Scientists combined genes from the notorious Asian bird flu with human flu but weren’t able to create a strain that could be easily spread.
Still, that doesn’t mean Mother Nature won’t find a way for the virus to create a pandemic.
While one leading expert called the test result a “small dose of reassurance,” that sentiment wasn’t shared by the head of the federal Centers for Disease Control and Prevention.
“Let’s not use the word reassuring,” Dr. Julie Gerberding said at a briefing on the study. “This virus is still out there, it’s still evolving.”
Viruses change to become easily spread in two main ways, Gerberding said. In one case they gradually evolve, which is probably what happened in the 1918 worldwide flu pandemic. In other cases they exchange genes with human flu strains, which she said happened in the pandemics of 1957 and 1968.
So the researchers mixed genes from human and bird flu viruses to see how easy it is to create a rapidly spreading strain.
It isn’t easy.
The importance of the research is in determining that the process is complex, said Dr. Jacqueline M. Katz of CDC, a co-author of the paper appearing in Tuesday’s issue of Proceedings of the National Academy of Sciences. In addition, Gerberding said, it provides a new tool to test viruses for ease of transmission.
The H5N1 bird flu virus has spread widely in Asia and parts of Europe, killing millions of chickens and other birds and raising fears of a worldwide epidemic if it were to spread between people. More than 130 people have died of the illness, but most cases were traced to contact with poultry rather than person-to-person transmission.
Researchers at CDC used ferrets to test the H5N1 bird virus that had exchanged genes with a common human flu known as H3N2. Ferrets and humans respond similarly to flu, including spreading it by coughing and sneezing.
Some combinations of genes resulted in viruses that were able to reproduce well but still could not be easily transmitted between animals. In other cases the mixed viruses had little ability to reproduce or transmit.
This test in ferrets can be a valuable tool in determining whether future mutations of the bird flu virus are easily transmitted, the researchers reported.
Katz said the research used a 1997 version of the bird flu virus and that further tests are ongoing using more recent versions. Tests are also planned in guinea pigs as well as ferrets, she said.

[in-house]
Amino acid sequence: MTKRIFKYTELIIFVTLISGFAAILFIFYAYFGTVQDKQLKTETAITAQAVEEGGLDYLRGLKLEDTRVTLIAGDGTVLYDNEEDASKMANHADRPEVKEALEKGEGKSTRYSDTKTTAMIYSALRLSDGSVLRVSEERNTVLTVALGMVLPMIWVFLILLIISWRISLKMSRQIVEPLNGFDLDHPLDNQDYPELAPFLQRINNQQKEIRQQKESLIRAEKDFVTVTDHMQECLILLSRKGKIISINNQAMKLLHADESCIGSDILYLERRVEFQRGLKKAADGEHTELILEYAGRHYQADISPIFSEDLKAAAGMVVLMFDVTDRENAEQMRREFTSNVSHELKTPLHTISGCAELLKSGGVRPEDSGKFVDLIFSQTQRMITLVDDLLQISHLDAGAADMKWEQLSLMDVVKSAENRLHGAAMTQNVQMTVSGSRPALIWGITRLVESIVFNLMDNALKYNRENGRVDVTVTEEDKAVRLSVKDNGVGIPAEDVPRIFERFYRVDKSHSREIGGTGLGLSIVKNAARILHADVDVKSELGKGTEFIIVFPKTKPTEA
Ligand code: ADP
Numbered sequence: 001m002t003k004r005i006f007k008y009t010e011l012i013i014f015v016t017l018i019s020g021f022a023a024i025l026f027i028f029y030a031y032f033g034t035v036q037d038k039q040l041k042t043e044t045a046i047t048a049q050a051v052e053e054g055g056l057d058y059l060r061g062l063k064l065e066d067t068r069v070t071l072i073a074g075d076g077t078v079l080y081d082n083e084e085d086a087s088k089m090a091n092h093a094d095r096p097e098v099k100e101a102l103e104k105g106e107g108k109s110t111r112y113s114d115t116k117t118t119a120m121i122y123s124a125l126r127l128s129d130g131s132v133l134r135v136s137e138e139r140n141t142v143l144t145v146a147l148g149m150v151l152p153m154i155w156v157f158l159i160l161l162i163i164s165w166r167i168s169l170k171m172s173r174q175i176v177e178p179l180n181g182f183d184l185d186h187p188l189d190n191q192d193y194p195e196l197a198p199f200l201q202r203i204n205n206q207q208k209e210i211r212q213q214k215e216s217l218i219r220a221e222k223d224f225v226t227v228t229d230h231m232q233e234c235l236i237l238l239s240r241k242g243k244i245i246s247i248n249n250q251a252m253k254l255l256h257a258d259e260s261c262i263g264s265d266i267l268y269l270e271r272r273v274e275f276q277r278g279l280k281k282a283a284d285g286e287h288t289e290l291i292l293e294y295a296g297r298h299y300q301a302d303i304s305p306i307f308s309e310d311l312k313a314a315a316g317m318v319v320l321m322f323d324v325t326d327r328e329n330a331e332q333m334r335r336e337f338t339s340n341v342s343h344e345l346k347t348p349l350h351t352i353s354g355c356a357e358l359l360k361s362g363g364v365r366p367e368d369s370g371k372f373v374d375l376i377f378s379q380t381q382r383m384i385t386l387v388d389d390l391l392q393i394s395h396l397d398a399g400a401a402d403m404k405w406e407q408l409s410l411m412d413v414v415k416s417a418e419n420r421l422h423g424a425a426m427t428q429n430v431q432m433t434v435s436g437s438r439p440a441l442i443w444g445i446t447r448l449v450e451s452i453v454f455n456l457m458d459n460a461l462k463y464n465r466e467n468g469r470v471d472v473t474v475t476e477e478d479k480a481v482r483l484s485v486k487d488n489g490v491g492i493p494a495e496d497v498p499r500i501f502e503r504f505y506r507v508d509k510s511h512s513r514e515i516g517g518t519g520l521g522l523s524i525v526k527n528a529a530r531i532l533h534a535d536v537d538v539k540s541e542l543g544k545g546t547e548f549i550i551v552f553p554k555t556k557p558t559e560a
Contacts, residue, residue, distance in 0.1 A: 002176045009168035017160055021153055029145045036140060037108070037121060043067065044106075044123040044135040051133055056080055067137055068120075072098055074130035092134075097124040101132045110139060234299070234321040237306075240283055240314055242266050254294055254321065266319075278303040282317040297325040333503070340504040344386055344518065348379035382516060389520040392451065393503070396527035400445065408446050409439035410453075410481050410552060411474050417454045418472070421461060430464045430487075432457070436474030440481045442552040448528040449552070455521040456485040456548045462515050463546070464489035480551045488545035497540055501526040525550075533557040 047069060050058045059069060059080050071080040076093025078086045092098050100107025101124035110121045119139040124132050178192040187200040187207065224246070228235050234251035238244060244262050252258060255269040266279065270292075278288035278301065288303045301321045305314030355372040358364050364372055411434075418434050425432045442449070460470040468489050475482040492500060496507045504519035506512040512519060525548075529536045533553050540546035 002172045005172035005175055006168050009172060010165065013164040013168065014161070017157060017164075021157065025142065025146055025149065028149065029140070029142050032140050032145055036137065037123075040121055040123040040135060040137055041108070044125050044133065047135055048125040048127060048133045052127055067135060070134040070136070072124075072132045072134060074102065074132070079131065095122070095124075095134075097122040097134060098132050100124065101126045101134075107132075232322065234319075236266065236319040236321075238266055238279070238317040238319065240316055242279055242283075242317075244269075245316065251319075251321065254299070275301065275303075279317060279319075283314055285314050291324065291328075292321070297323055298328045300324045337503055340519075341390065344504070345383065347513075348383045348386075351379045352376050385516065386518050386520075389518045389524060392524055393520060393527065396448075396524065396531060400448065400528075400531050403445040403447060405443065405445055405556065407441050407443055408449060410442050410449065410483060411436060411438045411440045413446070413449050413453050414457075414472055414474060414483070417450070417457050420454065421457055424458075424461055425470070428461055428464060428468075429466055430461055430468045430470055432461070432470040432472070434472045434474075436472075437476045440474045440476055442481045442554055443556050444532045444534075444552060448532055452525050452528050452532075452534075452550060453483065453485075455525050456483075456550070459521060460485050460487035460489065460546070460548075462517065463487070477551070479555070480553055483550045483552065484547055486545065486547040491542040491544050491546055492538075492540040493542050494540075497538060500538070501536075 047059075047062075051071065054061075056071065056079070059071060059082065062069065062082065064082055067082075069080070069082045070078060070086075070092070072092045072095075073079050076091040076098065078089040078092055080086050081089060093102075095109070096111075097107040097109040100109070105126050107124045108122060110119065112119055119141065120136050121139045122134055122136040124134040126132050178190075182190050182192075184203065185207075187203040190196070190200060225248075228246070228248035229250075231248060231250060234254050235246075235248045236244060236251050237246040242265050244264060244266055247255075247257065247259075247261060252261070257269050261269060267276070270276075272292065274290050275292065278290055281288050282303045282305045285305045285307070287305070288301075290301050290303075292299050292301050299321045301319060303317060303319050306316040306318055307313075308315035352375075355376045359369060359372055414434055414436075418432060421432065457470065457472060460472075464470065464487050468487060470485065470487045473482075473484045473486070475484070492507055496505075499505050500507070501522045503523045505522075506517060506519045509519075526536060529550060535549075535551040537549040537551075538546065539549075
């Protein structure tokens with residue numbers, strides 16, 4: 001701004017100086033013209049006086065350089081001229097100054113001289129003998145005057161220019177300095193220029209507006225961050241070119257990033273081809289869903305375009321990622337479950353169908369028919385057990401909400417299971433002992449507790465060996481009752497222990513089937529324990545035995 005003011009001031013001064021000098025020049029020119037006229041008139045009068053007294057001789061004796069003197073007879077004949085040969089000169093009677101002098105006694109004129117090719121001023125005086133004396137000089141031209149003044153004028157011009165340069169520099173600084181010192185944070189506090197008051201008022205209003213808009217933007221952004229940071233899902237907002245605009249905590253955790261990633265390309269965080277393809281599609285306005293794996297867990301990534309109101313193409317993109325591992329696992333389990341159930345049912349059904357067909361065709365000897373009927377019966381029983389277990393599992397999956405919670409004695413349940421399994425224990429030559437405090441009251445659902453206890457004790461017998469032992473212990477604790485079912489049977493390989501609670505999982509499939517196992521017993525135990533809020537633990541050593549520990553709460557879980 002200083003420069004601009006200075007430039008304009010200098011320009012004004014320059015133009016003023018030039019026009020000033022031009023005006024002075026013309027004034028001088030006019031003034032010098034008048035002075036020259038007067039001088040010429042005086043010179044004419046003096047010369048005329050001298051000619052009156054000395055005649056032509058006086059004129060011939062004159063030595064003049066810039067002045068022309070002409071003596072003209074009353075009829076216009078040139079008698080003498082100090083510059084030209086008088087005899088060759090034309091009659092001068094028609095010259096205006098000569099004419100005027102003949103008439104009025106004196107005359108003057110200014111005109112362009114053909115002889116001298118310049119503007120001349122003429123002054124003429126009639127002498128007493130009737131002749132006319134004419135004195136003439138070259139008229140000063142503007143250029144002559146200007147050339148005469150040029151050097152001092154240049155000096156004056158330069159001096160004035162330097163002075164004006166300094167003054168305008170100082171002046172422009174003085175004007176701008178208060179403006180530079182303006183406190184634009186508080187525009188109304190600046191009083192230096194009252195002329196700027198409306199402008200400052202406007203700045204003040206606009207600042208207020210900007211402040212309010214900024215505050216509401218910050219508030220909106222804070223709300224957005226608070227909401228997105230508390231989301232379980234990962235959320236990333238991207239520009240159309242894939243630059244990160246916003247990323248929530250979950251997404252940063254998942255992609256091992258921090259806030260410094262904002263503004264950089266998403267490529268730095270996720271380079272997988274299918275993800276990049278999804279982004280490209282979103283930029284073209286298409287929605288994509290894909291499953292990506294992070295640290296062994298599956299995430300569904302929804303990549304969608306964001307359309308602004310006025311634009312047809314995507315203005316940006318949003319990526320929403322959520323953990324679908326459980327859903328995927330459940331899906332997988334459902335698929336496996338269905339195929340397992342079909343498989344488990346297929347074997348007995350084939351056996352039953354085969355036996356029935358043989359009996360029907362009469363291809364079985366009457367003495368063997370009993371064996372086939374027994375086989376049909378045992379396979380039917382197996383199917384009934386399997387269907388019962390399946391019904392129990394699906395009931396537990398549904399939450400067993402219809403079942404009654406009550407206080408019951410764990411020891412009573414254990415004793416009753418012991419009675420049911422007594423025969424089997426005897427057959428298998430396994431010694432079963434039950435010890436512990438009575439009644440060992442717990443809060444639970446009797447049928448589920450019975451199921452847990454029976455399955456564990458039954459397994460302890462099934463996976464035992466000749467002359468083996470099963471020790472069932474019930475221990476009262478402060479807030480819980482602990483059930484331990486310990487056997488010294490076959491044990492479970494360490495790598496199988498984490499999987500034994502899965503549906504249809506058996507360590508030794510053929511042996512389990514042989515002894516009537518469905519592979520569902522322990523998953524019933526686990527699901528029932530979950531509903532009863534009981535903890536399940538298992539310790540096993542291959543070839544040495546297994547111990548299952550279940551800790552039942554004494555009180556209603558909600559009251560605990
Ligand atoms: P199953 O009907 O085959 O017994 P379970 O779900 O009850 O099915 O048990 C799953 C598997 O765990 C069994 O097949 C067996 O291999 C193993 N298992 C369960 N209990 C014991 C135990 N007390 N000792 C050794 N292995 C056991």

Dr. William Schaffner of Vanderbilt University agreed that this could be a way potential pandemic viruses could be tested rather quickly.
“For example, they could have taken that virus from that cluster in northern Indonesia and rushed it into the CDC laboratory and said: 'Do the ferret experiment.’ And I would not be surprised if this becomes one of the ways some of these candidate viruses — viruses we worry about — are tested,” said Schaffner, an influenza expert who advises the government on the disease.
Glimmer of good news
Schaffner, who was not part of the research team, found a further glimmer of good news.
This may help explain why the current bird flu virus, which has had plenty of chances to encounter human flu viruses and exchange genes, has not yet combined successfully to produce an efficiently transmitted human strain, he said.
“It is because it’s very complicated. The right combination of genes, we haven’t identified yet, and apparently the bird flu virus hasn’t been able to find yet either,” he said.
“So this may give some small dose of reassurance that perhaps this is not the bird flu viral strain that’s going to cause a pandemic. We should not go to sleep totally at ease, however. But if we’re looking for small doses of reassurance in a very troubled world ... maybe this is a small bit of good news,” he said in a telephone interview.
Dr. Wilbur Chen of the Center for Vaccine Development at the University of Maryland School of Medicine agreed that the study highlights the complexity of how the virus changes.
“I echo the authors’ endorsement of the ferret model as a valuable tool” for identifying if a virus is easily transmitted, added Chen, who was not part of the research team.